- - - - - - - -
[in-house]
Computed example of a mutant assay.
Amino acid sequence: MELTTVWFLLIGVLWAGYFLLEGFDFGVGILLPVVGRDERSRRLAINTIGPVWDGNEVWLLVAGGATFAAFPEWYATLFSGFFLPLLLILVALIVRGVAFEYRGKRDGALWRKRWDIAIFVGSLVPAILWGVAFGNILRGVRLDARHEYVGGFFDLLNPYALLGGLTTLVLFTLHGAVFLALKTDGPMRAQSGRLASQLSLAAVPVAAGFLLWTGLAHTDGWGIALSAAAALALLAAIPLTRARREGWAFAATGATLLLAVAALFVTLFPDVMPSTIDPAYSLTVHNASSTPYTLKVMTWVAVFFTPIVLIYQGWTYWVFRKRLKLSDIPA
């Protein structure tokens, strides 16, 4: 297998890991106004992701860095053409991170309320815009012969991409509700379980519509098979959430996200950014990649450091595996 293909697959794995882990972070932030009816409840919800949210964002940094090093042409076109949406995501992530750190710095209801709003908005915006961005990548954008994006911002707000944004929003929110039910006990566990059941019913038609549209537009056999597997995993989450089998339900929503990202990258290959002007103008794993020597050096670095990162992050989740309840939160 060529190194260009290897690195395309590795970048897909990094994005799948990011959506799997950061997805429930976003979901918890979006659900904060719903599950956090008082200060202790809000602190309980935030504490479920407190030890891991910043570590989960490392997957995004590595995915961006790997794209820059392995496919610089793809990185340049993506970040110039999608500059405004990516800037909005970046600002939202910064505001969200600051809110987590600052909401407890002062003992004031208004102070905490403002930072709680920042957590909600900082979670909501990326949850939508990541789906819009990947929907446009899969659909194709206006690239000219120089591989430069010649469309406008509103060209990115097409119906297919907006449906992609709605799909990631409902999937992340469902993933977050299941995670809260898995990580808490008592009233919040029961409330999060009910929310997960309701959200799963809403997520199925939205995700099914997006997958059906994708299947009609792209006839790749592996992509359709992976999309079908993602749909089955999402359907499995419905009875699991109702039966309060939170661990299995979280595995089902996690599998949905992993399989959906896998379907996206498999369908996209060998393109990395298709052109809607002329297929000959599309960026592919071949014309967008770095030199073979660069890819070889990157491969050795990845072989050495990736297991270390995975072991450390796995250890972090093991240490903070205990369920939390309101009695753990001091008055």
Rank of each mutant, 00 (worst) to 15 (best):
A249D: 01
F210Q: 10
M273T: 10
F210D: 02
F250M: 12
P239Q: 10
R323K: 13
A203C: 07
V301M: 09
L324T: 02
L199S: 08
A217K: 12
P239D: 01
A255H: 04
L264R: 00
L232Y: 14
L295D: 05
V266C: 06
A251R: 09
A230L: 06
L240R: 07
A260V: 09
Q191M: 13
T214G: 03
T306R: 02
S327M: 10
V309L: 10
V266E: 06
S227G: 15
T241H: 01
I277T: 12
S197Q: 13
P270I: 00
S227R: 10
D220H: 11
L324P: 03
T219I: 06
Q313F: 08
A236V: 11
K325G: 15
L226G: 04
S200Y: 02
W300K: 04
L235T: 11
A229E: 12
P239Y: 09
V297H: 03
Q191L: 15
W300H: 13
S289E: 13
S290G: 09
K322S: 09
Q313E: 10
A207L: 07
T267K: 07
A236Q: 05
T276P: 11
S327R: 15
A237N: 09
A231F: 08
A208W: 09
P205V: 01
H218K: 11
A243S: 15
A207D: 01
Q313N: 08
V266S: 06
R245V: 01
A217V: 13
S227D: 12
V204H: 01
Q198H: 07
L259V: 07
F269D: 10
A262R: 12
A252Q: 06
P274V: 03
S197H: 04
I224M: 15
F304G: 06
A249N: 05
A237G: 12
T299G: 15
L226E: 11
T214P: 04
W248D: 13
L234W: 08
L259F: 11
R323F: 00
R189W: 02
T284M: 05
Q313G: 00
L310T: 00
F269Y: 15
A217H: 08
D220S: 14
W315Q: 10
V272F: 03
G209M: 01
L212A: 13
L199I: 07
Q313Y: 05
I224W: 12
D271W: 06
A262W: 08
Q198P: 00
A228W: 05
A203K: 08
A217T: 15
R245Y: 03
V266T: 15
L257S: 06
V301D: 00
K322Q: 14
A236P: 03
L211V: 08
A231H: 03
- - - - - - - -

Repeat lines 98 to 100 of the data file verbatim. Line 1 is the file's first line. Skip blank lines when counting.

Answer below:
L310T: 00
F269Y: 15
A217H: 08